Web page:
LNF Performance Cams
Duration at 1mm lash Lift:
Stock cams 203.6 int duration .406" int lift
194.0 exh duration .406" exh lift
206 exh duration .420" exh lift
ZZP Stage 2 224 int duration .438" int lift
218 exh duration .420" exh lift
Stage 1 cams:
They install like stock cams and do not require aftermarket lash adjusters or special timing. Simply swapping out your stock cams for these will provide a substantial increase in HP. Additional gains can be had from optimizing cam phasing but this is not required.
Detailed info can be read here: http://www.cobaltss.net/forums/2-0l-lnf-performance-tech-153/zzp-lnf-cam-testing-233589/
After years of testing and many successful achievements, ZZP is ready to introduce our stage 2 LNF camshaft package. These cams were used in our 10 second ZFR powered Cobalt. They were also used to produce more than 700whp with a 62mm turbo on the same car.
Due to the size limitations of the available cores, our stage 2 LNF cams require taller lash adjusters. These are included in our LNF stage 2 camshaft kit.
All ZZP stage 2 LNF cams come standard with our .050" larger fuel pump lobe.
The installation of cams in an overhead cam motor requires a knowledged mechanic to do it properly. Failure to have the timing chain and gears setup correctly will result in poor performance or severe engine damage. A P0014 code is generally from one of the cams being a tooth off. A P0017 code is an intermittent code that is from the cam phaser not properly changing the cam timing. If the code comes up once, clear it, if it comes back, then you may have a phaser problem.
You will NEED to replace your valve springs and retainers. It is also recommended to remove or replace your balance shafts with the neutral balance shafts, and upgrading to the ATI balancer if spinning above 7k rpm.
Larger cam lobe:
The 2.0 liter LNF engine features direct injection technology. While typical port fuel injection sprays fuel into the runners of the intake manifold, direct injection means that the fuel is actually sprayed directly into the combustion chamber. Advantages to this design include increased power and increased fuel economy, as well as other tuning capability improvements. The down-side to this type of injection is mainly the cost and availability of upgraded components. While port fuel injection systems can be upgraded to support higher horsepower levels by simply swapping out the injectors and/or installing a larger fuel pump in the tank, direct injection users are not as fortunate. Due to the placement of the fuel injectors, fuel pressure must be increased substantially in order to overcome the high pressures present in the combustion chamber. While port fuel injection pressure is typically in the 60psi range, direct injection requires fuel pressures in excess of 2000 psi. To achieve this pressure, the LNF uses a mechanical fuel pump driven by the intake camshaft. While the factory pump can easily support over 450 ft lbs of torque and more than 500whp at 6000 rpms while running gasoline, switching to E85 increases fuel demands enough to decrease max torque potential to less than 400 ft lbs and horsepower at 6000 rpm to less than 400. Current upgrade offerings to this pump are limited and cost well over $1000. Since we had reached the maximum flow potential of the stock high pressure fuel pump, we needed to develop a solution to the flow limitations of the LNF fuel system. After exploring several different options, I decided to see if there were gains to be had by increasing the stroke of the fuel pump piston. To accomplish this, we needed to develop a new design for the fuel pump lobe on the intake cam. We did exactly that and the results were better than we ever expected. The following dyno graph shows a comparison between the factory fuel pump lobe and our larger fuel pump lobe. Both tests were run on E85 fuel with no tuning changes. The only difference between the pulls was the addition of the ZZP fuel pump lobe. Peak horsepower increased from 395 to 474 and it was still climbing when the test was shut down! This shows an increase of more than 20%, and these gains can be had for a fraction of the cost of other options.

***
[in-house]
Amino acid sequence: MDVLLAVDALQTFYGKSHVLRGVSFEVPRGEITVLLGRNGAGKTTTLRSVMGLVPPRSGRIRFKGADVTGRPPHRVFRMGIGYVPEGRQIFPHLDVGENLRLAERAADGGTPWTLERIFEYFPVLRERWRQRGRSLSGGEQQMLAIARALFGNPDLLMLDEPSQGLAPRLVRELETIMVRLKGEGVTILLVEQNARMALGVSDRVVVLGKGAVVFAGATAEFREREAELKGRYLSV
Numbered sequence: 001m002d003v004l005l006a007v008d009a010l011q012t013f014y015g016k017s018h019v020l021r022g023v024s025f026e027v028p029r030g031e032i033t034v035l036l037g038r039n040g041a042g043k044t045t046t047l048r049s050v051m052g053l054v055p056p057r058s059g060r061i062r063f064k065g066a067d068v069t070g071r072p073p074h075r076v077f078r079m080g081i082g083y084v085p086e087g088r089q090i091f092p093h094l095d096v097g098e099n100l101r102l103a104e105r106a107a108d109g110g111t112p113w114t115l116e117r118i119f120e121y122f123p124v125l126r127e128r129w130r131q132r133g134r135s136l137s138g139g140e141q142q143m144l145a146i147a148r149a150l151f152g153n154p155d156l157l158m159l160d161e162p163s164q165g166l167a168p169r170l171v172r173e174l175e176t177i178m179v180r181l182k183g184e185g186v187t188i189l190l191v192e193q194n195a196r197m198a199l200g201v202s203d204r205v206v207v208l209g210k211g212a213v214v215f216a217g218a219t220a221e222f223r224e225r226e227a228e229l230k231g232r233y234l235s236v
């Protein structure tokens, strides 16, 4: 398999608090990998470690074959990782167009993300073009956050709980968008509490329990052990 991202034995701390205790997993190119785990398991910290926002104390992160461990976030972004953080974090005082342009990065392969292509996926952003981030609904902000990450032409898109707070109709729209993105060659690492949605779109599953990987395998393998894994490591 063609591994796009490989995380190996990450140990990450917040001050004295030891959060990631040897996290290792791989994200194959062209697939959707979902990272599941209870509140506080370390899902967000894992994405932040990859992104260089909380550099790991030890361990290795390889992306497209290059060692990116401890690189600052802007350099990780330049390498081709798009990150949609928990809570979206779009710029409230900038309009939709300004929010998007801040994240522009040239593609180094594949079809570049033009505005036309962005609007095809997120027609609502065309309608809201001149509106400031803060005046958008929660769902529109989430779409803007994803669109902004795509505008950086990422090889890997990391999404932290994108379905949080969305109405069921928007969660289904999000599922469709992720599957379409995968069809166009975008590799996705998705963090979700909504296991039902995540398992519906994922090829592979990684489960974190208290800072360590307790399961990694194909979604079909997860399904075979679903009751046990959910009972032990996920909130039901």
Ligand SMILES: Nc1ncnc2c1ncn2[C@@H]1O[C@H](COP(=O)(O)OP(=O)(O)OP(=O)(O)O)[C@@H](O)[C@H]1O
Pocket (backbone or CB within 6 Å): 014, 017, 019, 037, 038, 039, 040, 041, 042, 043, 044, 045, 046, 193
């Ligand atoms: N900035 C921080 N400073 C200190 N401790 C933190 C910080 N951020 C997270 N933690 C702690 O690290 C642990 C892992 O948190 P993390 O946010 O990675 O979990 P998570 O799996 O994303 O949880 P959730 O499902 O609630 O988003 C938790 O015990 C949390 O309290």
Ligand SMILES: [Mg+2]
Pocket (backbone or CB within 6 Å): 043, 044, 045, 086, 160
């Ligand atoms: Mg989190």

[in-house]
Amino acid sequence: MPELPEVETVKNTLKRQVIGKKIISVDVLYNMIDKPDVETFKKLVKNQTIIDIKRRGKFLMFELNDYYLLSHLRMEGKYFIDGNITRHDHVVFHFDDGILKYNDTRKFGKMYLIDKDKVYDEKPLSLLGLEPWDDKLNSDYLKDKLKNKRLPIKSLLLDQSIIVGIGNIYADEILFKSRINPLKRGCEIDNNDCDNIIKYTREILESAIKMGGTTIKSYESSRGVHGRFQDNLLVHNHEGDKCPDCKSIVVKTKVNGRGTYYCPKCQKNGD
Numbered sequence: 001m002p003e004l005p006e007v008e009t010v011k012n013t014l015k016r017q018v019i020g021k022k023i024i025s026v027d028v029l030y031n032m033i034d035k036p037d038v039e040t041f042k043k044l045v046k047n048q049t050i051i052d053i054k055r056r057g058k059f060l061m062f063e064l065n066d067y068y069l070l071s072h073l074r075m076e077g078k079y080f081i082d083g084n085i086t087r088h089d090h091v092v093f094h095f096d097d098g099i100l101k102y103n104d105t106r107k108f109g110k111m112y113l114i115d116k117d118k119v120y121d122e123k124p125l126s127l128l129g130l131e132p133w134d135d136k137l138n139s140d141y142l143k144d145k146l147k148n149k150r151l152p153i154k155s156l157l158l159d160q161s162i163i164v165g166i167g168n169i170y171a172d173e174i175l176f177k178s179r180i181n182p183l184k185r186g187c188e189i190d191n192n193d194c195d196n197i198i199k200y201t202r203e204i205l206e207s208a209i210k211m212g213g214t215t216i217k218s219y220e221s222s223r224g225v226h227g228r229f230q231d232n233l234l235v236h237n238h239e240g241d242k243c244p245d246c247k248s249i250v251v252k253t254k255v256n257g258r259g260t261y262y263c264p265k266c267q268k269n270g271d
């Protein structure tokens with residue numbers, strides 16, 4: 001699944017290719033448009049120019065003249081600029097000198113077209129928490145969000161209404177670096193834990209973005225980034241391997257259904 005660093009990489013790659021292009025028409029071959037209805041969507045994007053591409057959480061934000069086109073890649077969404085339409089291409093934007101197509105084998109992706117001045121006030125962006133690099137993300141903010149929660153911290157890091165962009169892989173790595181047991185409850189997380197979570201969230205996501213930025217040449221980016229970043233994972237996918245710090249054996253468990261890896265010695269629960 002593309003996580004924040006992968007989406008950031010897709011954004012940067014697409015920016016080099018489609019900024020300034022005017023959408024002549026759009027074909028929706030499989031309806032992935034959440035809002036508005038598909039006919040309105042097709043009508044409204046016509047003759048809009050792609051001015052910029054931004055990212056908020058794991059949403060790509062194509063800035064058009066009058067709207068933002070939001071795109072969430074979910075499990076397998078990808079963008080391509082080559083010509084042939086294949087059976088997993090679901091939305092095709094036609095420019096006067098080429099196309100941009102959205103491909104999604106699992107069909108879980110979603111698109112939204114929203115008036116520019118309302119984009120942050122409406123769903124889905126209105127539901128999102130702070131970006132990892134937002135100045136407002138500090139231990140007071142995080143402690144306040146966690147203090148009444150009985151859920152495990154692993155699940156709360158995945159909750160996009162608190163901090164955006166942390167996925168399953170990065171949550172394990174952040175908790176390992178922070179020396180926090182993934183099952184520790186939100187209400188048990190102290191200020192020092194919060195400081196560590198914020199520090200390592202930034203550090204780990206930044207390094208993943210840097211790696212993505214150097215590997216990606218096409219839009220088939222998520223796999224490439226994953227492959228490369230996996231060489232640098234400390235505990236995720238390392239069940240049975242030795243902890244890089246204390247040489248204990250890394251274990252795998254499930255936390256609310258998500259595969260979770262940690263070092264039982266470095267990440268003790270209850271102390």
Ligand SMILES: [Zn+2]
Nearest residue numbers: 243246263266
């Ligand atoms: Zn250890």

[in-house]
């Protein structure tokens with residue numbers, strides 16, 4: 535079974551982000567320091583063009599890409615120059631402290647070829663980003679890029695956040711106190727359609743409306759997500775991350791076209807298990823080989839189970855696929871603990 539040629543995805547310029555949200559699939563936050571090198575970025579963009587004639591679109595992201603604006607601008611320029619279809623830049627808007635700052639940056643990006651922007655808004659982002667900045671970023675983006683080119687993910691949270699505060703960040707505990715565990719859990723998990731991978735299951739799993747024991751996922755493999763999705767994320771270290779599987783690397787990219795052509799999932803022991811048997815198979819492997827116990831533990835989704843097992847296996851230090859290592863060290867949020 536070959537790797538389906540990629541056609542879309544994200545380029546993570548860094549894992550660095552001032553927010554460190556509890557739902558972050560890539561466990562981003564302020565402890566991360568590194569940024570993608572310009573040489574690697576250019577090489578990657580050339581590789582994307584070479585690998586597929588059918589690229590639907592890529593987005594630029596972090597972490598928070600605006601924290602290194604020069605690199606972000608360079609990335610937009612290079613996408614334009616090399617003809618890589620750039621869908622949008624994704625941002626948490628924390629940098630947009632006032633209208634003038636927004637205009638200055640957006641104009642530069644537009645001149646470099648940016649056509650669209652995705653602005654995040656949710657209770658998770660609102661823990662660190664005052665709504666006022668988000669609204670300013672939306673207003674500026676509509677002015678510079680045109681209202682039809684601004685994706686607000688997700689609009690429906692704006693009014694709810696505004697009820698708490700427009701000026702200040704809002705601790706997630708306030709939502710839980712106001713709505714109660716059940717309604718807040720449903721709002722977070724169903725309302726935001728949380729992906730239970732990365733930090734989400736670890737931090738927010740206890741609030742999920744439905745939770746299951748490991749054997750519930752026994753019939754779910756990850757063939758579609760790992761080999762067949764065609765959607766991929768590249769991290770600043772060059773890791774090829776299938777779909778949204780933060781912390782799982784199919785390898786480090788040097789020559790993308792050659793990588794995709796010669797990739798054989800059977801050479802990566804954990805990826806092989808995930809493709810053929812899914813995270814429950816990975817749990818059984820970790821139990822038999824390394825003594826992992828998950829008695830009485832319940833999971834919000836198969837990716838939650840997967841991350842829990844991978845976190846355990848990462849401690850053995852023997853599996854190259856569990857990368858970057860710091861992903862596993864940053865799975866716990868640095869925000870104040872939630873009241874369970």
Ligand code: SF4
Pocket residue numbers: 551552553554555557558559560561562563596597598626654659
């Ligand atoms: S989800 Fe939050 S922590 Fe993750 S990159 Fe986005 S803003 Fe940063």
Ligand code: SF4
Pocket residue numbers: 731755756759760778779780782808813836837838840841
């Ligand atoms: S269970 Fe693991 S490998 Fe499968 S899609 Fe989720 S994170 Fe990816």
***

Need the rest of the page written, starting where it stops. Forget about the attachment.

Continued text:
For anyone wondering how the horsepower could increase substantially when the air/fuel ratio was the same for both tests, the answer is simple. In the first test, fuel pressure fell far below the desired level. While the LNF engine computer automatically increases the injection pulse time to compensate for the lower pressure, spraying fuel outside of the optimum injection window results in poor combustion and significantly reduced power output. Once the ZZP fuel pump lobe was in place, fuel pressure was maintained throughout the dyno pull resulting in shorter, higher pressure pulses of fuel and therefore more horsepower.
LNF Fueling article: http://www.zzperformance.com/blog/lnf-fueling-article/
In this situation, the lash really only refers to taking up lift that would otherwise be caused by the diameter of the base circle. The cam duration measurements assume zero lash and 1mm lift created by the lobe only.